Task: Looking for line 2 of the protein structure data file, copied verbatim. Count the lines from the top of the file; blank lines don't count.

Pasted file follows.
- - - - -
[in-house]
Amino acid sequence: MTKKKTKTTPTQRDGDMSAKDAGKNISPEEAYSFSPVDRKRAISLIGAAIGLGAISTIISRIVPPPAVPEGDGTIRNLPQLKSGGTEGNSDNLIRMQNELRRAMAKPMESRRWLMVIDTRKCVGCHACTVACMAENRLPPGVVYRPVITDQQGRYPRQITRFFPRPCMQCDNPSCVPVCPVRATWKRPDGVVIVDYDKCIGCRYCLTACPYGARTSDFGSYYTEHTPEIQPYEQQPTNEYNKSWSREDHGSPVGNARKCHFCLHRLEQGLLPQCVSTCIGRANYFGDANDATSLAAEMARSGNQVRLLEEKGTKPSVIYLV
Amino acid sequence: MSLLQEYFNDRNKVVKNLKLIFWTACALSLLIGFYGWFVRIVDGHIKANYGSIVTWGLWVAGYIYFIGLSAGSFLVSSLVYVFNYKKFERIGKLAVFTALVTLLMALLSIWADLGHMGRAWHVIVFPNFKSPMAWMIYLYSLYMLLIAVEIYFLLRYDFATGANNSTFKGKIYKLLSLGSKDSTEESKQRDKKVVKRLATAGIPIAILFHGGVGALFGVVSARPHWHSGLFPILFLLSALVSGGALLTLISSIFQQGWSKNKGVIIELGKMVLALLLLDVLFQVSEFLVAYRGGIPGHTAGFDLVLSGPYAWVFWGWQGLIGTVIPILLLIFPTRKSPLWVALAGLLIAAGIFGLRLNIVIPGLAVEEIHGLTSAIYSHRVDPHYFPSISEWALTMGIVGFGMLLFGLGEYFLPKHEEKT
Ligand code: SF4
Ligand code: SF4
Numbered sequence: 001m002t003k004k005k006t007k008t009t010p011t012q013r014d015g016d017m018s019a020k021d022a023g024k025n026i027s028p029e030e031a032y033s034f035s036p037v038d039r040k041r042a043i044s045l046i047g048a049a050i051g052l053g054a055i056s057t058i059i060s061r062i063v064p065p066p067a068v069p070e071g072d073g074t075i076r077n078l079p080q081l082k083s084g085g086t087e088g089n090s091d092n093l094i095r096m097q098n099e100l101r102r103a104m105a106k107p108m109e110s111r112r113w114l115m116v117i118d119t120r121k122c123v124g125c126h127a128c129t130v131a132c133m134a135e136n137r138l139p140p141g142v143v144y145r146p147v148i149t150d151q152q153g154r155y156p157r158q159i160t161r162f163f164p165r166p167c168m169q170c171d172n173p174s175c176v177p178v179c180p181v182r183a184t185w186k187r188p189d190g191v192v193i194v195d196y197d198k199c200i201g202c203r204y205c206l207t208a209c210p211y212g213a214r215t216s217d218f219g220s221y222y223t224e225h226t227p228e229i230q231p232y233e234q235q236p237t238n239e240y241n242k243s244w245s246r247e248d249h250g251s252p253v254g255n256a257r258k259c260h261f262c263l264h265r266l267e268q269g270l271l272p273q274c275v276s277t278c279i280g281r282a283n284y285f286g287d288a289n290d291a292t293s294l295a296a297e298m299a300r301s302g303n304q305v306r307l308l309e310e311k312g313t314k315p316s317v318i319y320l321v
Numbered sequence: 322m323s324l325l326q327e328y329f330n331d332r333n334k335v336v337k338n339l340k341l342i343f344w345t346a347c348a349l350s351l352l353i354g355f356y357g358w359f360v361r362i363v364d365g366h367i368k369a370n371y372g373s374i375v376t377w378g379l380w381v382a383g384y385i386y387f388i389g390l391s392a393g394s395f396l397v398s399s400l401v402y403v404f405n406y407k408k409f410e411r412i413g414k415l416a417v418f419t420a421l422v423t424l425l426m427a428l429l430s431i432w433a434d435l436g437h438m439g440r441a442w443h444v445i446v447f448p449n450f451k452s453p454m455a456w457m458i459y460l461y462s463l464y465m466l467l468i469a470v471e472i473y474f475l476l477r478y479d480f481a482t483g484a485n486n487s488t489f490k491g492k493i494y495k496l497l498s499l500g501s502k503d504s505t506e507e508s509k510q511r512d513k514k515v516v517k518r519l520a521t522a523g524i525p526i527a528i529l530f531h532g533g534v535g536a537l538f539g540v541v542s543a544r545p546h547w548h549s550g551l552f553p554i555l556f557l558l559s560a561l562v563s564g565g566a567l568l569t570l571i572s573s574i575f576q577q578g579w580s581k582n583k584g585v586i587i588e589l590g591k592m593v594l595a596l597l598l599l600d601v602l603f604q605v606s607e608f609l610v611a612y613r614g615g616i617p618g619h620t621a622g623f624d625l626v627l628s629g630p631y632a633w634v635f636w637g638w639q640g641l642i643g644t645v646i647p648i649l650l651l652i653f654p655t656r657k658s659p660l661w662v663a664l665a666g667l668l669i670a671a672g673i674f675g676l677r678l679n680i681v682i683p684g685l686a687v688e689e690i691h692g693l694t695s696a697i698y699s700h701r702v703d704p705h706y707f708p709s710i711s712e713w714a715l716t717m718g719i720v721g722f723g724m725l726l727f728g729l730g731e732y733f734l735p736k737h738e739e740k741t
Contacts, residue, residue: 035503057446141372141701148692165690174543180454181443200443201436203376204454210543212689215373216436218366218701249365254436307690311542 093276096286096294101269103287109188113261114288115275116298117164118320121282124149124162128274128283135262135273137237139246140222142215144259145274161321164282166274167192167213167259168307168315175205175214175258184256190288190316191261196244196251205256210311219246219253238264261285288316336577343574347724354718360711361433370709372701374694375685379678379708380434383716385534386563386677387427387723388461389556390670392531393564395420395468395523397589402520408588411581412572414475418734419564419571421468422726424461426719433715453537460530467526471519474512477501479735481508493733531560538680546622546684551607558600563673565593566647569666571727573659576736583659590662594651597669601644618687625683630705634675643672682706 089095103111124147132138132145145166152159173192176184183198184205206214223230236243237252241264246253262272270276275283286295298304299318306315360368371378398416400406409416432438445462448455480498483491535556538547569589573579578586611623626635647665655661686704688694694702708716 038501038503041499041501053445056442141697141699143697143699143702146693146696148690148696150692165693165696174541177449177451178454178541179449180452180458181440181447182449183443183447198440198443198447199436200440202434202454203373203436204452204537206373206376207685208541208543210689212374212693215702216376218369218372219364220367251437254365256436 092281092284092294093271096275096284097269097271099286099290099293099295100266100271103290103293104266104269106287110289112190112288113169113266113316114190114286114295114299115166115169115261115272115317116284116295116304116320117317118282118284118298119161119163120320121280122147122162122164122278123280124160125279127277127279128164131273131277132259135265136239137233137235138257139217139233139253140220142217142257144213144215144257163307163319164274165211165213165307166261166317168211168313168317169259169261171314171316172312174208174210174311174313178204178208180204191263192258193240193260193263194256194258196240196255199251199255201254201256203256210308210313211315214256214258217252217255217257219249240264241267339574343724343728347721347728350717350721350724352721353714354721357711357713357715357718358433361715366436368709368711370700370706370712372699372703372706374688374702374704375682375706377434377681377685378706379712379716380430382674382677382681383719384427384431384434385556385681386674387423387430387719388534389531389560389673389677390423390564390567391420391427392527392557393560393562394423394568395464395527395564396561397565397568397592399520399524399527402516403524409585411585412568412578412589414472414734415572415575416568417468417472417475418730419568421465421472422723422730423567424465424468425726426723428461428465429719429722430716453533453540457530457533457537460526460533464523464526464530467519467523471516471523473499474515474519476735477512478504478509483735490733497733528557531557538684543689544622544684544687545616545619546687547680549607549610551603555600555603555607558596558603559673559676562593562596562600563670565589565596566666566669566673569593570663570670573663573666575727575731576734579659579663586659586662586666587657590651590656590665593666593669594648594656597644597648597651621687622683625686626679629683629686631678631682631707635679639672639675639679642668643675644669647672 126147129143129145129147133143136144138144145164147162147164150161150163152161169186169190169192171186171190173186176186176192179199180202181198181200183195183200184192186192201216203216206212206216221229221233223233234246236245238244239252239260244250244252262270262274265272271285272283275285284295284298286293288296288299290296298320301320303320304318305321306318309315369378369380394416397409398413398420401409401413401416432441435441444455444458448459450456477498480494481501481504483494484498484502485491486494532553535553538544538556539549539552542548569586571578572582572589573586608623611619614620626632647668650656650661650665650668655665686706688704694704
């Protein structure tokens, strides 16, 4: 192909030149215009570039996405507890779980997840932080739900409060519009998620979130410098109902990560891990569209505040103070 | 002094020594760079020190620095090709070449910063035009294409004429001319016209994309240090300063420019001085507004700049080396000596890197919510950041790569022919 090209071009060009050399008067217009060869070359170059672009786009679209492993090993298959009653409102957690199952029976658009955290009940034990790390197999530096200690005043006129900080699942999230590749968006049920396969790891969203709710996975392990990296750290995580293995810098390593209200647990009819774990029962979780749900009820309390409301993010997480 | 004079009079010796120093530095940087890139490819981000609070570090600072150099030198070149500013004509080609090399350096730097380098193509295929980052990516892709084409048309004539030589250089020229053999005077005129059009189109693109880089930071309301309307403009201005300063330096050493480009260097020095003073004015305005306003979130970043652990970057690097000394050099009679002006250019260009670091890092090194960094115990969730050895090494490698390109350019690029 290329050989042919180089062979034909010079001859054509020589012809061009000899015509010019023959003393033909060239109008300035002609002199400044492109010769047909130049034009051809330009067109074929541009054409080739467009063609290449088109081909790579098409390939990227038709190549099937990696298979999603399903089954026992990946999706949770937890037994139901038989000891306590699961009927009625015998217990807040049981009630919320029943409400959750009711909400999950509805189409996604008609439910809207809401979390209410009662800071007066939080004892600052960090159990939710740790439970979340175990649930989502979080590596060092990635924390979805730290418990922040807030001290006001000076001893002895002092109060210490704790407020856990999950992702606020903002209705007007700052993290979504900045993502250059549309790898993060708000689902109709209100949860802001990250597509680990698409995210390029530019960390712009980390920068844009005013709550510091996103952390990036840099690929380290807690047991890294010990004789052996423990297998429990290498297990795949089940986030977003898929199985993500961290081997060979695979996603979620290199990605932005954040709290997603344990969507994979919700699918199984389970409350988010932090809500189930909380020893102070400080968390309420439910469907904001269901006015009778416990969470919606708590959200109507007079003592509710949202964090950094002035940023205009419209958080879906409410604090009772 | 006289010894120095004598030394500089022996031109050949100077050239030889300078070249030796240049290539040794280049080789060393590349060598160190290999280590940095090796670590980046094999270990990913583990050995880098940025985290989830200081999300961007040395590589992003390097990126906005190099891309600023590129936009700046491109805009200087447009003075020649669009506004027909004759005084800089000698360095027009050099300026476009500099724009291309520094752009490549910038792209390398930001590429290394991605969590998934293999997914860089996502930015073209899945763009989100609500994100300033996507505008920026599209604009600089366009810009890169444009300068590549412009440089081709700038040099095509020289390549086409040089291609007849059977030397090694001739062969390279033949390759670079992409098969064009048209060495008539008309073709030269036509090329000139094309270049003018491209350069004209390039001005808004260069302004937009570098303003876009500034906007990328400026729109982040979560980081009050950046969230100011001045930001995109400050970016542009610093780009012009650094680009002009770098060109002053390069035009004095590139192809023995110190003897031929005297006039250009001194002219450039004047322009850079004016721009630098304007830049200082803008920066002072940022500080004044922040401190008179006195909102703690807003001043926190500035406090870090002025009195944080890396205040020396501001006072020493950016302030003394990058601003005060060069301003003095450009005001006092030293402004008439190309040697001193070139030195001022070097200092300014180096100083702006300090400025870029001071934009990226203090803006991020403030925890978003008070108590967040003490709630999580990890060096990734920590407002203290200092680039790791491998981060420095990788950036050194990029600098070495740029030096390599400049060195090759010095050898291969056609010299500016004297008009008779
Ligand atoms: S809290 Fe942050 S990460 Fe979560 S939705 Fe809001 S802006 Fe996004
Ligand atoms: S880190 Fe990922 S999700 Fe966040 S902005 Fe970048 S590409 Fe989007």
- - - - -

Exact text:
Amino acid sequence: MTKKKTKTTPTQRDGDMSAKDAGKNISPEEAYSFSPVDRKRAISLIGAAIGLGAISTIISRIVPPPAVPEGDGTIRNLPQLKSGGTEGNSDNLIRMQNELRRAMAKPMESRRWLMVIDTRKCVGCHACTVACMAENRLPPGVVYRPVITDQQGRYPRQITRFFPRPCMQCDNPSCVPVCPVRATWKRPDGVVIVDYDKCIGCRYCLTACPYGARTSDFGSYYTEHTPEIQPYEQQPTNEYNKSWSREDHGSPVGNARKCHFCLHRLEQGLLPQCVSTCIGRANYFGDANDATSLAAEMARSGNQVRLLEEKGTKPSVIYLV